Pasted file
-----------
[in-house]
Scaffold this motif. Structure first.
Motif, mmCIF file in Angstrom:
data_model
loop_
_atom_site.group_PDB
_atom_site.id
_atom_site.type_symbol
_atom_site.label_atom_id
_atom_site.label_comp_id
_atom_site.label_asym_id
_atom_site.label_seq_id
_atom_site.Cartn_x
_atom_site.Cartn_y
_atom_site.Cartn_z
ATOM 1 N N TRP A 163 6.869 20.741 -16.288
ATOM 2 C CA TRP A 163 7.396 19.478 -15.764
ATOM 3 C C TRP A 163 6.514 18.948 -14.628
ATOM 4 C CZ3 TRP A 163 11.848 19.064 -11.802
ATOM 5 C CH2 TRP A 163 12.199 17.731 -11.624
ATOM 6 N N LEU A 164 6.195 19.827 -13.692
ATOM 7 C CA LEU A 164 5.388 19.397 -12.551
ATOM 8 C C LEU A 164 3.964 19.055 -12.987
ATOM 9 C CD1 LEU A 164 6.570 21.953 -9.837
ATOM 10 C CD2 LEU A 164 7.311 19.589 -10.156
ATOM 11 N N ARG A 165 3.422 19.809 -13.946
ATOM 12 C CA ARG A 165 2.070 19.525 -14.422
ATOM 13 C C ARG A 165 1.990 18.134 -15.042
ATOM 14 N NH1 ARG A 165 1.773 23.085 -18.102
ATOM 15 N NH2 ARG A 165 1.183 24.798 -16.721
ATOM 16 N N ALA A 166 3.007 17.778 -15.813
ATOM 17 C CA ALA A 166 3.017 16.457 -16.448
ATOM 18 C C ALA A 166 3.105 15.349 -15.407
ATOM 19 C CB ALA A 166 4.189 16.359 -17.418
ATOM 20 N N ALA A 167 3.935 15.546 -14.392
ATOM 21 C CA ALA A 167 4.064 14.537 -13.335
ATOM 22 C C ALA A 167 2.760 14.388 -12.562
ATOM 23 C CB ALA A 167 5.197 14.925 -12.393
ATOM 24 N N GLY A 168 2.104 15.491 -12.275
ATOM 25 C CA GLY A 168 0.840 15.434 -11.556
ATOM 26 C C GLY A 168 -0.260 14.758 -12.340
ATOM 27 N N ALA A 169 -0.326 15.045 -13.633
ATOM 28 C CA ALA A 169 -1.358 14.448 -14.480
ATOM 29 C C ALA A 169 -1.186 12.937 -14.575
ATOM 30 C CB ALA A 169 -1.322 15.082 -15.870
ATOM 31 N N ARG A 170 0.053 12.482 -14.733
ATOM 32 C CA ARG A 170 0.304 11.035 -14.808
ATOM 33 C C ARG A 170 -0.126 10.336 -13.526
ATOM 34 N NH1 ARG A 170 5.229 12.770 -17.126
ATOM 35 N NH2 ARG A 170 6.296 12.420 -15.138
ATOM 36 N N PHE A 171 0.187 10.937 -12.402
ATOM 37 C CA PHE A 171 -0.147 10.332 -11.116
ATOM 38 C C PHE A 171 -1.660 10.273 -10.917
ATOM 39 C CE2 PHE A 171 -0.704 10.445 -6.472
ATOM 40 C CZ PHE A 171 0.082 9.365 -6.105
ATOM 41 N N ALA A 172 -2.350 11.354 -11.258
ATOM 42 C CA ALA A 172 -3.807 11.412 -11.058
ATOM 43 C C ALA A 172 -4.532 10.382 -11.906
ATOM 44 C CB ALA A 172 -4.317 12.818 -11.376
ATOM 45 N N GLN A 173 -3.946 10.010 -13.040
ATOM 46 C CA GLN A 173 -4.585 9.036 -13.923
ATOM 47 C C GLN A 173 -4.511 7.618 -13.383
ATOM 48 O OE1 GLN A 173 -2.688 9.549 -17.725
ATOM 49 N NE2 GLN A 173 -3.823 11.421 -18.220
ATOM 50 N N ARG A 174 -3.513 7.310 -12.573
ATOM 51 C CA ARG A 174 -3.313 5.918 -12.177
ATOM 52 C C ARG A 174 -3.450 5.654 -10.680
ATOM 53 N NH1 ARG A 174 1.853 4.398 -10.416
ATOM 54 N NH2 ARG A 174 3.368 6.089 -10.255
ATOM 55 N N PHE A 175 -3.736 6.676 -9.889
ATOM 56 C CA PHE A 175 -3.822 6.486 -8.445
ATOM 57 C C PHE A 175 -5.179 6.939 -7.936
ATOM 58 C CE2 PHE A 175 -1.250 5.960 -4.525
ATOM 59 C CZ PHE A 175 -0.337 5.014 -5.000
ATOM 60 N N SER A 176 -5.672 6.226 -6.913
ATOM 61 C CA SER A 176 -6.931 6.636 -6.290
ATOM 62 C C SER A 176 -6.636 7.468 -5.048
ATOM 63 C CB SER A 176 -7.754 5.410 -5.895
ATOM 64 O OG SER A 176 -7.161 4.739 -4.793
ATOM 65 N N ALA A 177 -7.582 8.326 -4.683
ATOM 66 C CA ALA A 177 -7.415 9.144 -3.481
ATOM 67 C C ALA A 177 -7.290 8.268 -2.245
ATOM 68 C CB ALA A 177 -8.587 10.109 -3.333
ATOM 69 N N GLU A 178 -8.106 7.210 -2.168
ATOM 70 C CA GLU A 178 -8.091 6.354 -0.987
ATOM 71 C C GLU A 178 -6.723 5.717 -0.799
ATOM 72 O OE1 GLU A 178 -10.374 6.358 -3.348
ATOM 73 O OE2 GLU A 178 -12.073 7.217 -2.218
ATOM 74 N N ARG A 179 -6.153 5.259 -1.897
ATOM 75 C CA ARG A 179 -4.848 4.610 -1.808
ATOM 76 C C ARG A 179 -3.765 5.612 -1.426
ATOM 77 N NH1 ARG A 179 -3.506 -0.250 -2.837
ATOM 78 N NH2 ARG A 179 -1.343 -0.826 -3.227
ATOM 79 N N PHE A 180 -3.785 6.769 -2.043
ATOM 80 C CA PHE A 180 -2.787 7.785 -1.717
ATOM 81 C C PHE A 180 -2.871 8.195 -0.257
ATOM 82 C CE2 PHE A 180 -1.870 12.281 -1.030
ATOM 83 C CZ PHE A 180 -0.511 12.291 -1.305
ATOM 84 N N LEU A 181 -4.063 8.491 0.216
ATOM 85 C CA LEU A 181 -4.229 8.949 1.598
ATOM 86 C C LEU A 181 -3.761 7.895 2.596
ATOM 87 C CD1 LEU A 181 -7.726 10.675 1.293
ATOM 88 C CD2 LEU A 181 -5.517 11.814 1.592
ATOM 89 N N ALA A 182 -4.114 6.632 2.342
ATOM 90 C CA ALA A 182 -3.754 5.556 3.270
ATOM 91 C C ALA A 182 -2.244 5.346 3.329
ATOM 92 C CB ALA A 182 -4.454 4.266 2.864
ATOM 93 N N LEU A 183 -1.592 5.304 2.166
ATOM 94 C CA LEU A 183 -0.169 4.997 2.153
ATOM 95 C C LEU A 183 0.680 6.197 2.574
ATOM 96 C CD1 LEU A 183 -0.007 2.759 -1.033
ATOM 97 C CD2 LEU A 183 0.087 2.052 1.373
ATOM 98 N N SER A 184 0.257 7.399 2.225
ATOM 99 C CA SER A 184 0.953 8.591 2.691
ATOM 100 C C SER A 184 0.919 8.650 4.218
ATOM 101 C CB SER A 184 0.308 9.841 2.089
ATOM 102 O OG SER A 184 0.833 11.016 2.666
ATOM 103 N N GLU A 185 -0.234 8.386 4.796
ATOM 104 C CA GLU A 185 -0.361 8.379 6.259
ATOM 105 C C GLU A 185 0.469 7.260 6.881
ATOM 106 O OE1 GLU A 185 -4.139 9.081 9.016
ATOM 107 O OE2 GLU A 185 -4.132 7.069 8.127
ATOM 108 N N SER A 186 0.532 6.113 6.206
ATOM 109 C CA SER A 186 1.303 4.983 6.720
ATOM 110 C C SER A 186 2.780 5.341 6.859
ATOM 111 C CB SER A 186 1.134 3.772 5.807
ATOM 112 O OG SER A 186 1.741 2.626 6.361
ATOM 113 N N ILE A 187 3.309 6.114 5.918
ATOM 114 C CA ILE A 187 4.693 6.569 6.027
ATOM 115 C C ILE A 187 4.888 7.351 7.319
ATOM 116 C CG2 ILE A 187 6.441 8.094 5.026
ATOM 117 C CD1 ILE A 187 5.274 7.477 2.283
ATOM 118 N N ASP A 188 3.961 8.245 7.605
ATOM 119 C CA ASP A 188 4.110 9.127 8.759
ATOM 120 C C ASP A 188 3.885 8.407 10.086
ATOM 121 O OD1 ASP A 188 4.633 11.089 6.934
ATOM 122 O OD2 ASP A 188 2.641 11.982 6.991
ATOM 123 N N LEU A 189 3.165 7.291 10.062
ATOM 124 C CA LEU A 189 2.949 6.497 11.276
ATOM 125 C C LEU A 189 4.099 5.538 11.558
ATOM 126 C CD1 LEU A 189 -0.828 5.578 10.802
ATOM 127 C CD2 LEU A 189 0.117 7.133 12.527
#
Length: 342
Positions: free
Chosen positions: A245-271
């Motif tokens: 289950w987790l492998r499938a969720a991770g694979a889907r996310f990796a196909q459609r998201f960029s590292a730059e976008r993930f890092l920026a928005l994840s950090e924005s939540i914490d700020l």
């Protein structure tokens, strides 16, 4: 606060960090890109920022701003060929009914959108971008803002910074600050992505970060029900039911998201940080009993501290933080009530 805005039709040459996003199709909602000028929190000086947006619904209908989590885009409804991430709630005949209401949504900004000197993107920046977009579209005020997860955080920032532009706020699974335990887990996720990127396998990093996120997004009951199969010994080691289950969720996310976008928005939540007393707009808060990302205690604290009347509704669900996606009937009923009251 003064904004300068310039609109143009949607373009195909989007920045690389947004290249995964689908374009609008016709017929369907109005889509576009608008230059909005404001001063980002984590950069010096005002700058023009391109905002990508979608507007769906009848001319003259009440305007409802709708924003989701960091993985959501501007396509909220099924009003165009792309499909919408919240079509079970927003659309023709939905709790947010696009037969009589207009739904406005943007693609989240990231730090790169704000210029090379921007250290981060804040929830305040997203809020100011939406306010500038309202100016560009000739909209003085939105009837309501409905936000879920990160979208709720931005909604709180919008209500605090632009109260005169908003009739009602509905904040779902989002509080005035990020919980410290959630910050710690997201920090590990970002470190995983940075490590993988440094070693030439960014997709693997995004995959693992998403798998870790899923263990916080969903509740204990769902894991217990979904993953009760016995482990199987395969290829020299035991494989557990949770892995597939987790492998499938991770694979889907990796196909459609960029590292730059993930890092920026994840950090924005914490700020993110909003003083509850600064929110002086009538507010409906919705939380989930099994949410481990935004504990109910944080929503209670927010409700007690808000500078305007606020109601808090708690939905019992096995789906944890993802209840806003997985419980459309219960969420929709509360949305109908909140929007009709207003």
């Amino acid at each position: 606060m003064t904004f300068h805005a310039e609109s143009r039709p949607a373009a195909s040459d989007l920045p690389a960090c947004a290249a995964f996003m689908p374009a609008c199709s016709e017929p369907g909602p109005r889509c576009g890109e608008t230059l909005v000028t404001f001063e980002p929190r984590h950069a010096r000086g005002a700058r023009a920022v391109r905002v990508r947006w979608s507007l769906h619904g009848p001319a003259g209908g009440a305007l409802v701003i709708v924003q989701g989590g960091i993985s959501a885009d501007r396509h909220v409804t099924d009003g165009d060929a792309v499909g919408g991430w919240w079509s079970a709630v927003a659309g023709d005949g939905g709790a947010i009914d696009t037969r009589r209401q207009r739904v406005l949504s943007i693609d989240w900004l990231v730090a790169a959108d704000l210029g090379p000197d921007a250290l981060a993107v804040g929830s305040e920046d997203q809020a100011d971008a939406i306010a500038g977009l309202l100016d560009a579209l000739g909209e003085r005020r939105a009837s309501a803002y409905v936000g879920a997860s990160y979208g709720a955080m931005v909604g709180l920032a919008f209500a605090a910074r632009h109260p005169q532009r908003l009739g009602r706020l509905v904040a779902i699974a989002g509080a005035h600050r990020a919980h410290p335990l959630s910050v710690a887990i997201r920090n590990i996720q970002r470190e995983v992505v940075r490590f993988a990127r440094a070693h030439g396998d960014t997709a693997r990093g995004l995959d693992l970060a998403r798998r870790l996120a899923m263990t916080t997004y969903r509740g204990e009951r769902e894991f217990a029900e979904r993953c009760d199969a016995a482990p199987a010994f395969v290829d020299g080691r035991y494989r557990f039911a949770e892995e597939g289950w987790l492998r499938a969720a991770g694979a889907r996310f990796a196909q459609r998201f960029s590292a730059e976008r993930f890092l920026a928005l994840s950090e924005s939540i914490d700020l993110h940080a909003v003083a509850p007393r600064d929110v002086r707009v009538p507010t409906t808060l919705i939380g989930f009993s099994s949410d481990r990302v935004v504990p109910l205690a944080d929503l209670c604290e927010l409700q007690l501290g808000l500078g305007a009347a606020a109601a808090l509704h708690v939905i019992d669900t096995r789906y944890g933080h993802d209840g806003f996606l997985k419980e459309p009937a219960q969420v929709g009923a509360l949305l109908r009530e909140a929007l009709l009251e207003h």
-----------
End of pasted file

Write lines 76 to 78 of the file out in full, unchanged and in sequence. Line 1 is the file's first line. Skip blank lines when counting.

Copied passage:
ATOM 61 C CA SER A 176 -6.931 6.636 -6.290
ATOM 62 C C SER A 176 -6.636 7.468 -5.048
ATOM 63 C CB SER A 176 -7.754 5.410 -5.895